- each team formed by 6 runners (of whom at least 2 Masters)
- the start was at staggered waves and 1 runner for each team for each wave: 1st wave at 16.00, then 16.01, 16.02 and the last 3 runners only separated by 30 seconds.
- women were running 7 km, men 8km.
- the result was taken on the last runner of each team to pass the finish line.
Sounds complicated ? well, basically it was a kind of equalizer... a team could place his slower runners in the first waves without penalizing the overall results. Women were also a good components of a team, because 1km less means around 3'45"-4'00" of time.

Despite being at 4pm in Summer, it was not too bad because of some rain in the morning.
We did a good plan on how to arrange our team members and in the end we delivered a nice victory for the club, with Michelle, Solange, Philippe, Peter , Curtis and myself all running well.

Friday, April 27, 2012

Ranking 2011... somehow I am still there...

A moment of self-celebration...
I notice that the local athletic association has published the annual athlete ranking for 2011.
Running in HK has gone a long way from the lows of 2004/05 and around...
for example,  to make it into the top 10 for 5000m, now a 15'xx" is a must, while some years ago maybe even a 17'00" would have landed a top10...
still we are very far from really competitive nations, but the progress is tangible and anyway HK is a small place where sports are not really considered a meaningful way to spend people's time...

this said... despite having a very short season, I could still make it in the top 10 of the marathon, precisely landing a #6 spot!! very sweet to still see my name in the list and for next season I hope to make my name also in other distances (last resort is to switch to racewalking...hehe)

NOTE 1: 2 italians in the top 10 of a "foreign country"marathon ranking...really weird.
NOTE 2: my team mates made it in the ranking across many distances... from 5000m to Marathon, we are all there in scores (especially best wishes to Stefano who got a serious health condition in April and had to stop running for the moment: despite running only 2-3 races, he is still #2 in the marathon and #5 in the half)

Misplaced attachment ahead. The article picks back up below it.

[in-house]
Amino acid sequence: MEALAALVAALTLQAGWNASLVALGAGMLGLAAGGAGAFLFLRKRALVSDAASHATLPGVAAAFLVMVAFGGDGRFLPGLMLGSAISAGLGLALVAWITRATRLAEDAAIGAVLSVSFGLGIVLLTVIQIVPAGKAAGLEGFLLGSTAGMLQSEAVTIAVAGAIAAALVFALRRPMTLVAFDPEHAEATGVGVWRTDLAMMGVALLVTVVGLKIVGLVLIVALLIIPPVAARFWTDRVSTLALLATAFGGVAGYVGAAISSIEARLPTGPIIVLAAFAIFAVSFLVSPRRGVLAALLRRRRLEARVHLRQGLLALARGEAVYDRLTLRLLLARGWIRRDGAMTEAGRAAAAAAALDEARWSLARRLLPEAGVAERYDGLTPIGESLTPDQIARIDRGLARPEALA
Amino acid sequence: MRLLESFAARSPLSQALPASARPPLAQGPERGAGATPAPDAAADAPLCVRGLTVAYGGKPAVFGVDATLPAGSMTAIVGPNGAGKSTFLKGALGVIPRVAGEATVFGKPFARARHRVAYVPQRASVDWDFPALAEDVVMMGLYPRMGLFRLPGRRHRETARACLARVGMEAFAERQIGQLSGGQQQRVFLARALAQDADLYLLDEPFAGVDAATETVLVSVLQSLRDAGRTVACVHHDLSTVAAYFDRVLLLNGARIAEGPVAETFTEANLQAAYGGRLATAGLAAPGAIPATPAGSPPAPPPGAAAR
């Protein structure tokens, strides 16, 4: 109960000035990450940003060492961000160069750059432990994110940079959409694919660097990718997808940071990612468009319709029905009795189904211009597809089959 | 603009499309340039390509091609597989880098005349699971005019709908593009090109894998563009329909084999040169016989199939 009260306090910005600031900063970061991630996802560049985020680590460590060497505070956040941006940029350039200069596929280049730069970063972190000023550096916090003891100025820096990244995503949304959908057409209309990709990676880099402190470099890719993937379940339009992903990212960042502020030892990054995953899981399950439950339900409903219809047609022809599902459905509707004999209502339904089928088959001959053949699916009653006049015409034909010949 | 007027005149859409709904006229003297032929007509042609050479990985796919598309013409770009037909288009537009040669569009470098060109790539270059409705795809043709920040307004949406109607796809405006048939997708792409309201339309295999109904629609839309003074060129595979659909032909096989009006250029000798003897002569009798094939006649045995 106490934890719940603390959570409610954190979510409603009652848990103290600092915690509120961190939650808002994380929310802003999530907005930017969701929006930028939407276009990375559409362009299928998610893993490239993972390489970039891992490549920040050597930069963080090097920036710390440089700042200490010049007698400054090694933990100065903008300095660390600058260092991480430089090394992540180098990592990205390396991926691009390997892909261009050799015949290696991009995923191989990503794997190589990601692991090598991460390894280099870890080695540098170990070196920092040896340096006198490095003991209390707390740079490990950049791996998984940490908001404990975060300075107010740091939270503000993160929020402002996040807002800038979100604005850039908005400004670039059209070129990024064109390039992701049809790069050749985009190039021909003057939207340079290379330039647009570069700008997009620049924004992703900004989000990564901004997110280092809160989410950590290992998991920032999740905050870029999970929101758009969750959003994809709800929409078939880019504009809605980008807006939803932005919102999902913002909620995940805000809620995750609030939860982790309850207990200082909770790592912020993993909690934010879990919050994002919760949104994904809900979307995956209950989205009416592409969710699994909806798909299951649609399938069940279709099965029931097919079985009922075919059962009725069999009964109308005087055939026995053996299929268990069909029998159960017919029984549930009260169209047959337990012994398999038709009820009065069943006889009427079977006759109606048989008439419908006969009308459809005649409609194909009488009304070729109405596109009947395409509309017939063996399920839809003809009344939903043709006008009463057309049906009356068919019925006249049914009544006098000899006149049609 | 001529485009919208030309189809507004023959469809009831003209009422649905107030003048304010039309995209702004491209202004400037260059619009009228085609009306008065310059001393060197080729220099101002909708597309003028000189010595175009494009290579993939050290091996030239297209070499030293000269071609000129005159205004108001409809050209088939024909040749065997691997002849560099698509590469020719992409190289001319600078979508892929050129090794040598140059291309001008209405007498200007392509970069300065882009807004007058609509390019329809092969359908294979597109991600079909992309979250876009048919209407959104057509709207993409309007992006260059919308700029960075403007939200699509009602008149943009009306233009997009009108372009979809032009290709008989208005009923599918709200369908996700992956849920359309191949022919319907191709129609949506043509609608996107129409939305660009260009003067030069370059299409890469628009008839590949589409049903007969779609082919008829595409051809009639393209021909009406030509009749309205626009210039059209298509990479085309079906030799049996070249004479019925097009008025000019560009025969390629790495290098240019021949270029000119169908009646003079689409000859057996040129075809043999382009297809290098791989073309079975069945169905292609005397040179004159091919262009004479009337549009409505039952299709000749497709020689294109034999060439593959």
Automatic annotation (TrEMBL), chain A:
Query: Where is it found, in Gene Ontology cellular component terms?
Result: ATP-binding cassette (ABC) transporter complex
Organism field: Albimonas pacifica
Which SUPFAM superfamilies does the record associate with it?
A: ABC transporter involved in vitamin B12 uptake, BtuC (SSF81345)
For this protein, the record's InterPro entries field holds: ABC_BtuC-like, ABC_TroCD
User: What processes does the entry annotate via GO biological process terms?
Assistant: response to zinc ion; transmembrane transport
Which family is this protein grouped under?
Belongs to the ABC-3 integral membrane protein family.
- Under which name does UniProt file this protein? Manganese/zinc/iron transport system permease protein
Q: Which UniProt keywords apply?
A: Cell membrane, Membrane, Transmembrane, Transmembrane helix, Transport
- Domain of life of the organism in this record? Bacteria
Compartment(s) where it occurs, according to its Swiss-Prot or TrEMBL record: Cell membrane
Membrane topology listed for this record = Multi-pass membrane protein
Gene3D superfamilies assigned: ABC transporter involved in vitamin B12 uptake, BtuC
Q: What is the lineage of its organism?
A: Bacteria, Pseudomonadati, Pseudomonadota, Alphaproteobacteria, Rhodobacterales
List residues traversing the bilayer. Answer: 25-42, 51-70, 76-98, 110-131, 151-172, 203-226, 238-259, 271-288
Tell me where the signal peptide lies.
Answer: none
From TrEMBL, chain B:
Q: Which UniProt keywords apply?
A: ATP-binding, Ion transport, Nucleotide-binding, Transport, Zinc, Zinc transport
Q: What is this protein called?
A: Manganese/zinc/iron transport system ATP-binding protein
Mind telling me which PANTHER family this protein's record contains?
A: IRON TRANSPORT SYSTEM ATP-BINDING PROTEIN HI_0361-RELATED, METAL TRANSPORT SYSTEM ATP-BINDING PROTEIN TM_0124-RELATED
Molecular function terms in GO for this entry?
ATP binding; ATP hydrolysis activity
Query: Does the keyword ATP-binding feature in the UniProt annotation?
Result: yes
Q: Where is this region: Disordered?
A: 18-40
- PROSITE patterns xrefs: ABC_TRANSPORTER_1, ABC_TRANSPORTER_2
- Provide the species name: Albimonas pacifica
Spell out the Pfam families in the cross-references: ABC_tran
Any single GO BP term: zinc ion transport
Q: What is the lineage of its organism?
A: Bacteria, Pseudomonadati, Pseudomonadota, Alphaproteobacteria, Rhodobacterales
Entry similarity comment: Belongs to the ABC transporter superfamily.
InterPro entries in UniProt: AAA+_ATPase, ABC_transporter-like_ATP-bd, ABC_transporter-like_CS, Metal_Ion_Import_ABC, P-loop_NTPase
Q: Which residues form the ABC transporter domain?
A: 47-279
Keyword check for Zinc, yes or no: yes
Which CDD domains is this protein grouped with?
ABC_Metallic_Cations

Tuesday, April 24, 2012

when people really deserve it....

This post is not really related to MY running, but rather to the outstanding performance of my team mate Michelle (her detailed race report HERE).
Thanks to one of the sponsor of our club, she was invited to take part in the Sarnico-Lovere, a point-to-point, 25.2k race along the coast of Lake Iseo in Italy.
In November, Michelle cooked herself up by training too much for reaching the standard for the US trials and fared relatively poorly at her marathon in Japan (2h53'... very far from her target).
She was really low in morale for several weeks and anyway put her heart in training for this race.
This time, she changed her training (in my opinion for the better): less fast&furious interval training, more workouts of long intervals at HM effort and long tempo runs.
I was really happy when we went out together for those long tempo of 15k or 18k...
The result speak for itself: she arrived 4th in a race full of Pro or semi-Pro runners in a time of 1h35'53".
Ahead of her, only a Kenyan, a Moroccan and a strong local girl.
That is like running the HM in 1h19'xx" and add another 4k on a huge "virtual" PB for her